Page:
“And Joseph saw his brethren, and he knew them, but made himself strange unto them, and spake roughly unto them…” (Genesis 42:7)

Joseph had come a long way. He had gone from being sold by his brothers to the slave trading block, then to Potiphar’s house, then to prison, and finally to the governorship of the mighty nation of Egypt, and God’s hand was on him the whole time.

Now the seven year famine had begun. People were flocking to Egypt for food. One day ten men show up. Joseph knows them, but they don’t know him.  Joseph knows their language but speaks Egyptian through an interpreter. He is not friendly. Genesis 42:7 says that he “spake roughly unto them.”

Picture this scene: Joseph asked why the men were there. The interpreter asked them in their language why they came. They say they want food. The interpreter translated their words into Egyptian for Joseph. He glared at them and told the interpreter that they were spies. The interpreter told the brothers, “The governor said that you men are spies.” The brothers were scared and insisted that they came for food.

Joseph wasn’t playing head games with his brothers. God was using him to deal with their hearts and make them see that they didn’t just need food—more importantly, they needed forgiveness. Joseph’s unfriendly approach to them was very sensible. He wanted to forgive them, but for all he knew, they were only there for food and were still the same cold-hearted men that sold him into slavery.

Here’s an interesting application for police work: when you meet a possible suspect in a serious crime, don’t be afraid to “speak roughly.” That doesn’t mean that you swear and act abusively.  It means that you’re no-nonsense. Say you’re called to a “male with a gun,” and you find someone who fits the description. Don’t be “Officer Friendly.” Be on your tactical “A” game. He may have a gun and may be willing to use it on you. If he whines about you harassing him, let him whine. His whining may just be a stall tactic while he tries to figure out how to escape, pull out his gun, or grab yours.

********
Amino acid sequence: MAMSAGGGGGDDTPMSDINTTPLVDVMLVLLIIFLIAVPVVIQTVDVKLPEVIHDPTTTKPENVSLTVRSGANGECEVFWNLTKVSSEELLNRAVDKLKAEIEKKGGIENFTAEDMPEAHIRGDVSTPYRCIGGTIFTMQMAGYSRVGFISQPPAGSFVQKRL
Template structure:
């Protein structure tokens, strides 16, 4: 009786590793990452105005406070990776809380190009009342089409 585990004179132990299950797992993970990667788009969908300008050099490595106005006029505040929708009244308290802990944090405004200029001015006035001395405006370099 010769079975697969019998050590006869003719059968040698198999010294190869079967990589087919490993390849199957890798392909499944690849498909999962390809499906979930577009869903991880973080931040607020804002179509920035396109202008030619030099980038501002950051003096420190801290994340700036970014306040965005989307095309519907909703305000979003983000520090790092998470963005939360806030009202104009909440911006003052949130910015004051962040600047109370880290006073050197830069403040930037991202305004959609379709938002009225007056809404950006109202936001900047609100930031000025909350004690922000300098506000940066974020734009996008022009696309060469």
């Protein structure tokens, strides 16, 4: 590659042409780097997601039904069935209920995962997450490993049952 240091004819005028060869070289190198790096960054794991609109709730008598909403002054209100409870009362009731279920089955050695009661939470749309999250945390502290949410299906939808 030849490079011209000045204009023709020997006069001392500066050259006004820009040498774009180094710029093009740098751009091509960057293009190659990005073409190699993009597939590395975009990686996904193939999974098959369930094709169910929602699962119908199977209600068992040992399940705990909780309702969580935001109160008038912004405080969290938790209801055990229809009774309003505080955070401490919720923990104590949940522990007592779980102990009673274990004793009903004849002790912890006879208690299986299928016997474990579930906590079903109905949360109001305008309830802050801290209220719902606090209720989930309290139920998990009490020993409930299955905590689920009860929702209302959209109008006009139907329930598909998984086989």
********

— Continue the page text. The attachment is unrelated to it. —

Approach him like you mean business, with your words and body language. Give short, simple, direct orders: “Hands up,” “Don’t run,” “Hands on the car,” “Spread your feet.” Take a tactical stance. Protect your gun side. WATCH HIS HANDS. Secure him. He may be scared, but if he’s the bad guy and you make him scared to attack, that’s good.

If he turns out not to be the bad guy, you can explain why you did what you did, and even apologize—not because you did wrong, but because he suffered some indignity. “Sorry for the tough approach, but we’re looking for a guy with a gun. Thank you for cooperating.” Most people understand why police do what they do, so if a “possible suspect” turns out to be innocent, try to end the encounter as positively as you can. There is a time to be cordial, but there is also a time to “speak roughly.”

Did you ever expect to find information like that in the Bible? This information about Joseph “speaking roughly” to his brothers is there for a reason. The Bible isn’t just some religious book of “thou shalts” and “thou shalt nots.” God gave it to be our guide for life, “a lamp unto my feet, and a light unto my path.” (Psalm 119:105). You’ll be amazed at what you’ll find in God’s Word if you’ll just take the time to read from it.

God has ways of providing for people’s needs, and He uses His Word to do so. Man’s biggest need is to know how to have a home in heaven. If you want to see how, please go to click “How do I go to Heaven?” on the sidebar.


Brian Miller 5/27/2015

Cleveland Baptist Church 4431 Tiedeman Road, Brooklyn, Ohio 44144 216/671-2822